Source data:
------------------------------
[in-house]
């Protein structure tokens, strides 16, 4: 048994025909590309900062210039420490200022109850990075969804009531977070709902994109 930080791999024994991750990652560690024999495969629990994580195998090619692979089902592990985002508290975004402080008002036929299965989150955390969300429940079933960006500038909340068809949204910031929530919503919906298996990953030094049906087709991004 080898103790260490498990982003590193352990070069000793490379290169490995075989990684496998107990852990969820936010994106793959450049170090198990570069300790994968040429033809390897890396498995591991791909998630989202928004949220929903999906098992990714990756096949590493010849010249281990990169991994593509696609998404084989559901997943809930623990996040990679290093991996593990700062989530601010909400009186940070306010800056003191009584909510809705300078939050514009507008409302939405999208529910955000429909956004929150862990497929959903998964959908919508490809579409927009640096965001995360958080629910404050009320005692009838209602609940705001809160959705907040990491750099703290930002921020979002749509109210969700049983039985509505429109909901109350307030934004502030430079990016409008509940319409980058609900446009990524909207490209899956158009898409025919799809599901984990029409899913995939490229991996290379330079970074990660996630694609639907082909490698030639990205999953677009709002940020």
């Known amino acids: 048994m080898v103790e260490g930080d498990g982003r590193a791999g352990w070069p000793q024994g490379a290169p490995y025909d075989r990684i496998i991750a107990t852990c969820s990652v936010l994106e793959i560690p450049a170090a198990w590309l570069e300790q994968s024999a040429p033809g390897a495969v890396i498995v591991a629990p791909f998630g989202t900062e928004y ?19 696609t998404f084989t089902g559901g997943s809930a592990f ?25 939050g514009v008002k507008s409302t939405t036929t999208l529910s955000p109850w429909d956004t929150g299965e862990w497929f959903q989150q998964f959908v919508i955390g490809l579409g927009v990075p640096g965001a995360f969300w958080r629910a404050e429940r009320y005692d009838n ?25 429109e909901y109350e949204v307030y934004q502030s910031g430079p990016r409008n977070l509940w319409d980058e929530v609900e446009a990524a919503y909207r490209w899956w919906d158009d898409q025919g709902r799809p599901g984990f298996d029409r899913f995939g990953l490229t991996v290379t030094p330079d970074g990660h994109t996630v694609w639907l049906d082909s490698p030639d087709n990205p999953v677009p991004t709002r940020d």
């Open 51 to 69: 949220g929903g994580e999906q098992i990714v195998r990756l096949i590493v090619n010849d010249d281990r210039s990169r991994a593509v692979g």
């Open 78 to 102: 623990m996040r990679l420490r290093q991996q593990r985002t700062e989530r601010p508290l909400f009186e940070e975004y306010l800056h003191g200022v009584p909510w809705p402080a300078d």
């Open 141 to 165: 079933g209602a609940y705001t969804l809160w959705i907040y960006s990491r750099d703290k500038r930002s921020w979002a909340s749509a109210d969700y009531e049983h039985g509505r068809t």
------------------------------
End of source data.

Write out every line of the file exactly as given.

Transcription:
[in-house]
């Protein structure tokens, strides 16, 4: 048994025909590309900062210039420490200022109850990075969804009531977070709902994109 930080791999024994991750990652560690024999495969629990994580195998090619692979089902592990985002508290975004402080008002036929299965989150955390969300429940079933960006500038909340068809949204910031929530919503919906298996990953030094049906087709991004 080898103790260490498990982003590193352990070069000793490379290169490995075989990684496998107990852990969820936010994106793959450049170090198990570069300790994968040429033809390897890396498995591991791909998630989202928004949220929903999906098992990714990756096949590493010849010249281990990169991994593509696609998404084989559901997943809930623990996040990679290093991996593990700062989530601010909400009186940070306010800056003191009584909510809705300078939050514009507008409302939405999208529910955000429909956004929150862990497929959903998964959908919508490809579409927009640096965001995360958080629910404050009320005692009838209602609940705001809160959705907040990491750099703290930002921020979002749509109210969700049983039985509505429109909901109350307030934004502030430079990016409008509940319409980058609900446009990524909207490209899956158009898409025919799809599901984990029409899913995939490229991996290379330079970074990660996630694609639907082909490698030639990205999953677009709002940020």
């Known amino acids: 048994m080898v103790e260490g930080d498990g982003r590193a791999g352990w070069p000793q024994g490379a290169p490995y025909d075989r990684i496998i991750a107990t852990c969820s990652v936010l994106e793959i560690p450049a170090a198990w590309l570069e300790q994968s024999a040429p033809g390897a495969v890396i498995v591991a629990p791909f998630g989202t900062e928004y ?19 696609t998404f084989t089902g559901g997943s809930a592990f ?25 939050g514009v008002k507008s409302t939405t036929t999208l529910s955000p109850w429909d956004t929150g299965e862990w497929f959903q989150q998964f959908v919508i955390g490809l579409g927009v990075p640096g965001a995360f969300w958080r629910a404050e429940r009320y005692d009838n ?25 429109e909901y109350e949204v307030y934004q502030s910031g430079p990016r409008n977070l509940w319409d980058e929530v609900e446009a990524a919503y909207r490209w899956w919906d158009d898409q025919g709902r799809p599901g984990f298996d029409r899913f995939g990953l490229t991996v290379t030094p330079d970074g990660h994109t996630v694609w639907l049906d082909s490698p030639d087709n990205p999953v677009p991004t709002r940020d």
């Open 51 to 69: 949220g929903g994580e999906q098992i990714v195998r990756l096949i590493v090619n010849d010249d281990r210039s990169r991994a593509v692979g």
């Open 78 to 102: 623990m996040r990679l420490r290093q991996q593990r985002t700062e989530r601010p508290l909400f009186e940070e975004y306010l800056h003191g200022v009584p909510w809705p402080a300078d």
């Open 141 to 165: 079933g209602a609940y705001t969804l809160w959705i907040y960006s990491r750099d703290k500038r930002s921020w979002a909340s749509a109210d969700y009531e049983h039985g509505r068809t």